Case | HBS Case Collection | April 2011 (Revised July 2012)

Latvia: Navigating the Strait of Messina

by Rafael Di Tella, Rawi Abdelal and Natalie Kindred

Abstract

This case describes Latvia's transition from a Soviet republic into an EU member, its economic boom and subsequent bust in 2008, and its policy response. After implementing significant economic and political reforms in order to qualify for EU membership in 2004, Latvia had turned its sights toward joining the single-currency eurozone, pegging its currency to the euro in 2005 as a step toward that goal. From 2000 to 2007, Latvia achieved faster GDP growth than any EU state. However, when large inflows of capital suddenly dried up in 2008, Latvia had to obtain a financial rescue package from the IMF, World Bank, EU, and several regional countries in order to avoid a full-blown financial and currency crisis. Latvia then adopted an aggressive economic adjustment program centered on maintaining its currency peg, which meant competitiveness would have to be restored by reducing domestic prices, wages, and public expenditures in order to drive down the real exchange rate. Latvia's policy program and initial results are discussed in the case.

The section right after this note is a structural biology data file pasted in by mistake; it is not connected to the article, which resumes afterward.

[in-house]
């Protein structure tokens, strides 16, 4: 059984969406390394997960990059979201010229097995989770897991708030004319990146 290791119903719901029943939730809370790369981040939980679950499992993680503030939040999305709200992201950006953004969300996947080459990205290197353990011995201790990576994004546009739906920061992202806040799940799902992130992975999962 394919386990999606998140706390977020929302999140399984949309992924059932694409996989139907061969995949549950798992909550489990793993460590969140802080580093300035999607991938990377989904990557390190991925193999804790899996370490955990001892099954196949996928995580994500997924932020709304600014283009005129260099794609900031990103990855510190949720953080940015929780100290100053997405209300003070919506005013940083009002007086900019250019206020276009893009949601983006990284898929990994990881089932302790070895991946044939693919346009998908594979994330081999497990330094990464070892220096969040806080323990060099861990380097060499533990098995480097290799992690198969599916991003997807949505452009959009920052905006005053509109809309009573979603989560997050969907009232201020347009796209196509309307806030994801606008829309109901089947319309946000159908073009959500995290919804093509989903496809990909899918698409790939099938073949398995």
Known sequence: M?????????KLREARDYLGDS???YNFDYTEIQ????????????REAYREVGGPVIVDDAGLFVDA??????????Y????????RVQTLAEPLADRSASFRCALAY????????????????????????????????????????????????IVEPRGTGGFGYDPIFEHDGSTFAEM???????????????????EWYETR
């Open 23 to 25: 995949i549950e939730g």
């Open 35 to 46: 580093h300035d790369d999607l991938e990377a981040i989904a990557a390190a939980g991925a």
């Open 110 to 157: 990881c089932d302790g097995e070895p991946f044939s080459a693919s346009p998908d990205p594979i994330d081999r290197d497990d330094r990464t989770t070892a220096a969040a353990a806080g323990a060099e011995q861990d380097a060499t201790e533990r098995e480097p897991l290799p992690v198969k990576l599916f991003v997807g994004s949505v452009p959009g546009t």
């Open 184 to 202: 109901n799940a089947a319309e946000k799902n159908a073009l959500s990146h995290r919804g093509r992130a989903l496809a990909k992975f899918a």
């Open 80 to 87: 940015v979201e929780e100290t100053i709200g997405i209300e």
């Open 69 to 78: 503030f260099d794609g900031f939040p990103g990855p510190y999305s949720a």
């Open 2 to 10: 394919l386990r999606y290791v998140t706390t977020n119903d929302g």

Keywords: Currency Exchange Rate; Competitive Strategy; Economic Growth; Policy; Financial Crisis; Economic Slowdown and Stagnation; Latvia;

Citation:

Di Tella, Rafael, Rawi Abdelal, and Natalie Kindred. "Latvia: Navigating the Strait of Messina." Harvard Business School Case 711-053, April 2011. (Revised July 2012.)